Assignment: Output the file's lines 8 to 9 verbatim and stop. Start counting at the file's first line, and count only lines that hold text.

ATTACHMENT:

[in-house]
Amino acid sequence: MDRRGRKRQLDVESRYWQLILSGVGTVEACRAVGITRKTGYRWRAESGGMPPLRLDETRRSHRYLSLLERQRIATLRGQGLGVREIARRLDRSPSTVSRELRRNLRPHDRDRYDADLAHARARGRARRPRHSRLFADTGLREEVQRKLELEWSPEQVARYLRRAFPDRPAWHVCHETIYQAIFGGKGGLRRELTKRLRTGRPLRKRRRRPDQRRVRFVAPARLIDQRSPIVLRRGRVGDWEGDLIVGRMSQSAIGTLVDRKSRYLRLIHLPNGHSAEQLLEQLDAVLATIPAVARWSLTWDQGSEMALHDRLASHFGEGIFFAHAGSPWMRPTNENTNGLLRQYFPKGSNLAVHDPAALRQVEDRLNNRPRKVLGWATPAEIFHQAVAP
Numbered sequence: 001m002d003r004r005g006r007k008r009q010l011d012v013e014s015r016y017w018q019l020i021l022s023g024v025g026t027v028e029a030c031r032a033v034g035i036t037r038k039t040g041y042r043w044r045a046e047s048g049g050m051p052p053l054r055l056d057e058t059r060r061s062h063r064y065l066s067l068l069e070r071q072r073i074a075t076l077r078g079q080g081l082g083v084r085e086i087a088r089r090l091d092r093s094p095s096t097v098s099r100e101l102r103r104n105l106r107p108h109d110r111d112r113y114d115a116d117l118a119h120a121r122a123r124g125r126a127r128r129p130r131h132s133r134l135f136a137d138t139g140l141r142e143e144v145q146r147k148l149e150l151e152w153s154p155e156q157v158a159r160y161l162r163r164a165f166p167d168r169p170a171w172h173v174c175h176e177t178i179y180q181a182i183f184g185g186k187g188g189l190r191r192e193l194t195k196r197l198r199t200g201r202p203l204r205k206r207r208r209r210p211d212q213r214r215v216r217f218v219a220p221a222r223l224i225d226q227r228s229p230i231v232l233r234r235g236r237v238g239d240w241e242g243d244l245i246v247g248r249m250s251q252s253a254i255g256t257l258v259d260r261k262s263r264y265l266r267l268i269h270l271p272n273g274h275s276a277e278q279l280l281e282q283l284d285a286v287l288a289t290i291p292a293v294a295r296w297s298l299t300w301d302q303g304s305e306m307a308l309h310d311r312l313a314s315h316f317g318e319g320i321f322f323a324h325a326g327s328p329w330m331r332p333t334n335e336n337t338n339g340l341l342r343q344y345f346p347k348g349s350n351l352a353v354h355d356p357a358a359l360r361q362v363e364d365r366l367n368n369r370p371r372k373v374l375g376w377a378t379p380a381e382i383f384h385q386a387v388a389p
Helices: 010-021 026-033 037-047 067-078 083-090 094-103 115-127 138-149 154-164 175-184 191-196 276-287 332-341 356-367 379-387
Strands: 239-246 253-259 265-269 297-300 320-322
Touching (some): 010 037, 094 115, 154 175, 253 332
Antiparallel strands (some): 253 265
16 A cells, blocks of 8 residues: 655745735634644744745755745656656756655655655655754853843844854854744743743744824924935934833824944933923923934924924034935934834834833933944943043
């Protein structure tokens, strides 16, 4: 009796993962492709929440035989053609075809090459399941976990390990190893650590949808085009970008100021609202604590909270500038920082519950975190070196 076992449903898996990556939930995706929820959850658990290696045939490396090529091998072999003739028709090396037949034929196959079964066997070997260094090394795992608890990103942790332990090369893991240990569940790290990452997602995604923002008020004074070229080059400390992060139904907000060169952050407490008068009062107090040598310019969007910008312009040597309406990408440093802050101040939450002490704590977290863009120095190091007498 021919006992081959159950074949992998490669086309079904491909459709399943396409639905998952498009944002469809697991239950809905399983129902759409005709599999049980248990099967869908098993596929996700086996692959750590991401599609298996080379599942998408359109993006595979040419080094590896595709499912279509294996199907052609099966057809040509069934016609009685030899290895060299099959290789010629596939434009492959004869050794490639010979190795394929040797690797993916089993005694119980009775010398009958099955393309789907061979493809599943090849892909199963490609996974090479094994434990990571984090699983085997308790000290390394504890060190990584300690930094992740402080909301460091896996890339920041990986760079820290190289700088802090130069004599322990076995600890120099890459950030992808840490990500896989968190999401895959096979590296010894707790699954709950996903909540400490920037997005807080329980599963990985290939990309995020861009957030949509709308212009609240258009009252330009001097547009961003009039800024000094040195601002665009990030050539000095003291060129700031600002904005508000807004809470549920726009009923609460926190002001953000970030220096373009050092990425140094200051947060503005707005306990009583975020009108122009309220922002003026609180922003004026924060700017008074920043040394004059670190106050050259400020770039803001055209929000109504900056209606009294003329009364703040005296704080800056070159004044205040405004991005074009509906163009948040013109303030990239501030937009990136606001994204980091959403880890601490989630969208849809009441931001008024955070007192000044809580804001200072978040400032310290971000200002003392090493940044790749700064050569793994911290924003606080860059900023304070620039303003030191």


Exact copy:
16 A cells, blocks of 8 residues: 655745735634644744745755745656656756655655655655754853843844854854744743743744824924935934833824944933923923934924924034935934834834833933944943043
């Protein structure tokens, strides 16, 4: 009796993962492709929440035989053609075809090459399941976990390990190893650590949808085009970008100021609202604590909270500038920082519950975190070196 076992449903898996990556939930995706929820959850658990290696045939490396090529091998072999003739028709090396037949034929196959079964066997070997260094090394795992608890990103942790332990090369893991240990569940790290990452997602995604923002008020004074070229080059400390992060139904907000060169952050407490008068009062107090040598310019969007910008312009040597309406990408440093802050101040939450002490704590977290863009120095190091007498 021919006992081959159950074949992998490669086309079904491909459709399943396409639905998952498009944002469809697991239950809905399983129902759409005709599999049980248990099967869908098993596929996700086996692959750590991401599609298996080379599942998408359109993006595979040419080094590896595709499912279509294996199907052609099966057809040509069934016609009685030899290895060299099959290789010629596939434009492959004869050794490639010979190795394929040797690797993916089993005694119980009775010398009958099955393309789907061979493809599943090849892909199963490609996974090479094994434990990571984090699983085997308790000290390394504890060190990584300690930094992740402080909301460091896996890339920041990986760079820290190289700088802090130069004599322990076995600890120099890459950030992808840490990500896989968190999401895959096979590296010894707790699954709950996903909540400490920037997005807080329980599963990985290939990309995020861009957030949509709308212009609240258009009252330009001097547009961003009039800024000094040195601002665009990030050539000095003291060129700031600002904005508000807004809470549920726009009923609460926190002001953000970030220096373009050092990425140094200051947060503005707005306990009583975020009108122009309220922002003026609180922003004026924060700017008074920043040394004059670190106050050259400020770039803001055209929000109504900056209606009294003329009364703040005296704080800056070159004044205040405004991005074009509906163009948040013109303030990239501030937009990136606001994204980091959403880890601490989630969208849809009441931001008024955070007192000044809580804001200072978040400032310290971000200002003392090493940044790749700064050569793994911290924003606080860059900023304070620039303003030191």